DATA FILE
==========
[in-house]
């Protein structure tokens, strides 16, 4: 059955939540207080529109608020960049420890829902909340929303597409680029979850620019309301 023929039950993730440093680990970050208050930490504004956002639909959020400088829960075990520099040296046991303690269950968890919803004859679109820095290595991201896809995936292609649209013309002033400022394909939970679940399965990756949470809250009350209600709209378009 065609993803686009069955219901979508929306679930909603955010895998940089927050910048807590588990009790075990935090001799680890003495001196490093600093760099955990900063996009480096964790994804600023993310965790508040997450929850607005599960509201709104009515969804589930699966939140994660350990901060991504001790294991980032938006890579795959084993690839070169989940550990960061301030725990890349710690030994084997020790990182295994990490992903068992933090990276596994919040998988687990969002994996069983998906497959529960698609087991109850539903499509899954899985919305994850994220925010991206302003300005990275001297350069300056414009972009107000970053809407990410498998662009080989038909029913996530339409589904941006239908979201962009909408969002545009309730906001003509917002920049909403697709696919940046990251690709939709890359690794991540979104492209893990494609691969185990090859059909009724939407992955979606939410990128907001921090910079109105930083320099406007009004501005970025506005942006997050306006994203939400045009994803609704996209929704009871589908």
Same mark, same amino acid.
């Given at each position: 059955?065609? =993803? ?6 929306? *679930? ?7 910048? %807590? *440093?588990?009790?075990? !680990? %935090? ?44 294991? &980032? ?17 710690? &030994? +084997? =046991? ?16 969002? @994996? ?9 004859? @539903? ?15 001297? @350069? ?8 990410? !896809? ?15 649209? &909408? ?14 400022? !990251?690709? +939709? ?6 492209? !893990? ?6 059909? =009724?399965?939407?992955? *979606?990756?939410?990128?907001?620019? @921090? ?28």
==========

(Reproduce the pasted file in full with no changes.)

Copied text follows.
[in-house]
């Protein structure tokens, strides 16, 4: 059955939540207080529109608020960049420890829902909340929303597409680029979850620019309301 023929039950993730440093680990970050208050930490504004956002639909959020400088829960075990520099040296046991303690269950968890919803004859679109820095290595991201896809995936292609649209013309002033400022394909939970679940399965990756949470809250009350209600709209378009 065609993803686009069955219901979508929306679930909603955010895998940089927050910048807590588990009790075990935090001799680890003495001196490093600093760099955990900063996009480096964790994804600023993310965790508040997450929850607005599960509201709104009515969804589930699966939140994660350990901060991504001790294991980032938006890579795959084993690839070169989940550990960061301030725990890349710690030994084997020790990182295994990490992903068992933090990276596994919040998988687990969002994996069983998906497959529960698609087991109850539903499509899954899985919305994850994220925010991206302003300005990275001297350069300056414009972009107000970053809407990410498998662009080989038909029913996530339409589904941006239908979201962009909408969002545009309730906001003509917002920049909403697709696919940046990251690709939709890359690794991540979104492209893990494609691969185990090859059909009724939407992955979606939410990128907001921090910079109105930083320099406007009004501005970025506005942006997050306006994203939400045009994803609704996209929704009871589908």
Same mark, same amino acid.
């Given at each position: 059955?065609? =993803? ?6 929306? *679930? ?7 910048? %807590? *440093?588990?009790?075990? !680990? %935090? ?44 294991? &980032? ?17 710690? &030994? +084997? =046991? ?16 969002? @994996? ?9 004859? @539903? ?15 001297? @350069? ?8 990410? !896809? ?15 649209? &909408? ?14 400022? !990251?690709? +939709? ?6 492209? !893990? ?6 059909? =009724?399965?939407?992955? *979606?990756?939410?990128?907001?620019? @921090? ?28």